Apple is getting ready to shift production of at least part of its processor production from Samsung to Taiwanese supplier TMSC after falling out with its former partner.
Samsung is currently the sole supplier of the A5 chips that power the iPad 2 and other Apple hardware, but the two companies have an increasingly fractious relationship.
Apple decided to sue Samsung in April, claiming that its Galaxy tablets infringed on iPad patents, and the Korean firm has countersued and taken its case to the International Trade Commission.
"TSMC has got all the authorisation and details ready. Whether Apple puts in a formal order will depend on the yield rate," an unnamed source told Reuters.
The yield rate reflects the number of processors on a wafer which are free from flaws and ready for use in final products. That negotiations have reached such a stage is a strong indication that Apple is serious about shifting production, which had been expected since it began action against Samsung.
"Apple is trying to diversify its orders but it will still maintain some kind of relationship with Samsung," said Fubon Securities analyst William Wang.
"I think TSMC will get the new chip orders, but the issue is allocation. Apple won't give the whole 100 per cent to TSMC. Maybe it'll allocate only 20 to 30 per cent."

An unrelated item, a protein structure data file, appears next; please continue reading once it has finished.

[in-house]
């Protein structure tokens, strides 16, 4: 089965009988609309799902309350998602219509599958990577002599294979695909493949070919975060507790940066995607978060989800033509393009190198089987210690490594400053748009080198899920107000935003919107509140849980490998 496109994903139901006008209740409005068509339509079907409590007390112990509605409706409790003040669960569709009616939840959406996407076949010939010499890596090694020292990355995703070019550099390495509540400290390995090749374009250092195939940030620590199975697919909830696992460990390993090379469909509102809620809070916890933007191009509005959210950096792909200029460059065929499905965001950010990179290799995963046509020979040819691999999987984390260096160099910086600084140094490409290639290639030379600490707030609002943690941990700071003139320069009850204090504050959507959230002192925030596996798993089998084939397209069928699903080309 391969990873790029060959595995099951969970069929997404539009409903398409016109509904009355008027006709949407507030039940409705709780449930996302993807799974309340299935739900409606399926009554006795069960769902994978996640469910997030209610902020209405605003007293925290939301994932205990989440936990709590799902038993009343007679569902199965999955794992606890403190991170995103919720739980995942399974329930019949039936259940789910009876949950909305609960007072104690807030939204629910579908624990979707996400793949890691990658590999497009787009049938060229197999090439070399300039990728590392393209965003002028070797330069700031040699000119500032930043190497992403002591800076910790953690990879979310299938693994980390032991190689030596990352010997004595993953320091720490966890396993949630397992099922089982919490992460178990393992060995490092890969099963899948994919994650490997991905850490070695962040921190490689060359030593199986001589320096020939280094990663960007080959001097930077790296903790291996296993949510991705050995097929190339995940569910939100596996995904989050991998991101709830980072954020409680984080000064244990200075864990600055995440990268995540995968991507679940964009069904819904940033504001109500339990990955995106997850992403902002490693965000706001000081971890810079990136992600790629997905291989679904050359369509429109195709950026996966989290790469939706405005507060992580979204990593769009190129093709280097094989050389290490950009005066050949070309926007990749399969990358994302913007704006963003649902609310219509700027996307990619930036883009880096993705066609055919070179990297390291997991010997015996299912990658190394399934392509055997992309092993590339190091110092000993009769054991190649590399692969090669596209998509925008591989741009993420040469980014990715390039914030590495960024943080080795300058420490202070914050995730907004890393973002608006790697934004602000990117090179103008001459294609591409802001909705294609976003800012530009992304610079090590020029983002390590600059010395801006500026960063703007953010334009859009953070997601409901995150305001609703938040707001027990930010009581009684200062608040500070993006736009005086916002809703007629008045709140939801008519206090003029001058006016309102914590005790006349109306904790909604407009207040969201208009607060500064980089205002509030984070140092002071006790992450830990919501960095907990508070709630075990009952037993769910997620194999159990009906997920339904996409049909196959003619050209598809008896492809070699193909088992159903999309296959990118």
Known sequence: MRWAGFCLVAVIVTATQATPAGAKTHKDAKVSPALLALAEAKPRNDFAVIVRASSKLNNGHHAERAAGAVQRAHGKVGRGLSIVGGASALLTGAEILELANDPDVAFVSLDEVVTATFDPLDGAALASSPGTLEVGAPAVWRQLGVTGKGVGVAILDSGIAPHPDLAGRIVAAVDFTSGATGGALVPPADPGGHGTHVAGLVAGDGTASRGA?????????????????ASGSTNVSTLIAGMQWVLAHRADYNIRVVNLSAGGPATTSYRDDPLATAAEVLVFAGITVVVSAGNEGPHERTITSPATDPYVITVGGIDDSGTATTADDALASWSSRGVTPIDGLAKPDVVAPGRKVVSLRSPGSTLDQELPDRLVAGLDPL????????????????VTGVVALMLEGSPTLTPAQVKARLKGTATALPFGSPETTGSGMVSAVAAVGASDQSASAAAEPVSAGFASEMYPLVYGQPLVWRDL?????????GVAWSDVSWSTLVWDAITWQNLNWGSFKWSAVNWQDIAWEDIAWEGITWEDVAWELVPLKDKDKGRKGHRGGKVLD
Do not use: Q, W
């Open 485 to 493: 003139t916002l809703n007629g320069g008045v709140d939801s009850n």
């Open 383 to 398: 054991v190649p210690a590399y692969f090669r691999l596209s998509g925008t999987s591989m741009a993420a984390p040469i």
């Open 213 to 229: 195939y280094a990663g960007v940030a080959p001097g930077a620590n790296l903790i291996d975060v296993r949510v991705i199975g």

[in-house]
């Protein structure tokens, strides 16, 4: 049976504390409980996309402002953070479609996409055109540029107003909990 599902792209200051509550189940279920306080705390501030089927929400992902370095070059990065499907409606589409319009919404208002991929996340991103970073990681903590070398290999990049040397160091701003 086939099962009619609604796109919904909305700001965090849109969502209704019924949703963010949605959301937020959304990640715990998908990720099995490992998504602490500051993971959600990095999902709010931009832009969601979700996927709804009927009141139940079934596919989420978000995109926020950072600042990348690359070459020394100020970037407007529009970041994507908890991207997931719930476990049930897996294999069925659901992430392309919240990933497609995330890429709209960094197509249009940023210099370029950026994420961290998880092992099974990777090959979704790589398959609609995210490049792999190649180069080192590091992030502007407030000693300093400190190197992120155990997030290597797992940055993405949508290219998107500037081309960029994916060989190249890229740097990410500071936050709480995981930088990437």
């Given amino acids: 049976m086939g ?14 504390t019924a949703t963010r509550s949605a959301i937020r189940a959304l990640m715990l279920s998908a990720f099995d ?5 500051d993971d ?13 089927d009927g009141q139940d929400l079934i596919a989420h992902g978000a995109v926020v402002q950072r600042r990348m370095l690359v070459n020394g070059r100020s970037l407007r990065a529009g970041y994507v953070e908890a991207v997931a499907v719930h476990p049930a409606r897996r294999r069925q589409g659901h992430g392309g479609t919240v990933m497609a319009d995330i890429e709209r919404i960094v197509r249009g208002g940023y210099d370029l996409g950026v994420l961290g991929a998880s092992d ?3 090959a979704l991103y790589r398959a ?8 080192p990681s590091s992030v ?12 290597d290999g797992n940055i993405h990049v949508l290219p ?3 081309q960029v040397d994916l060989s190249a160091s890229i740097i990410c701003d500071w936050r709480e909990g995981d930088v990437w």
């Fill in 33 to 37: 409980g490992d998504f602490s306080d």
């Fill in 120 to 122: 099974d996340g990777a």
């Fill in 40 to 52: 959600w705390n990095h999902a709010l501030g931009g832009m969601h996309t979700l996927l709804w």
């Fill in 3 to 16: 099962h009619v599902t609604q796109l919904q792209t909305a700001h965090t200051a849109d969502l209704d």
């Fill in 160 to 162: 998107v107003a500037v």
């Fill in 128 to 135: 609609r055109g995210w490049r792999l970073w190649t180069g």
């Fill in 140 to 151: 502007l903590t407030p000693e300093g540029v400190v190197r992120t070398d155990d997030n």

Apple's importance to the chip market was reinforced by the latest data from IHS iSuppli on the NAND market. Apple buys more NAND than any other company, roughly 30 per cent in the past year, and will still be buying a quarter of the world's supply in 2015.
"Apple has contributed greatly to the growth of the NAND business in recent years," said Dee Nguyen, memory analyst at IHS iSuppli.
"However, the company's adoption of cloud storage could have significant implications because the fastest-growing segment of the NAND flash market lies in the storage component of smartphones and tablets.
"With Apple products like the iPhone and iPad accounting for a disproportionate share of NAND flash demand, any move among Apple users to offload storage to the company's iCloud service could mean a corresponding decrease in demand for physical NAND flash memory in the future."
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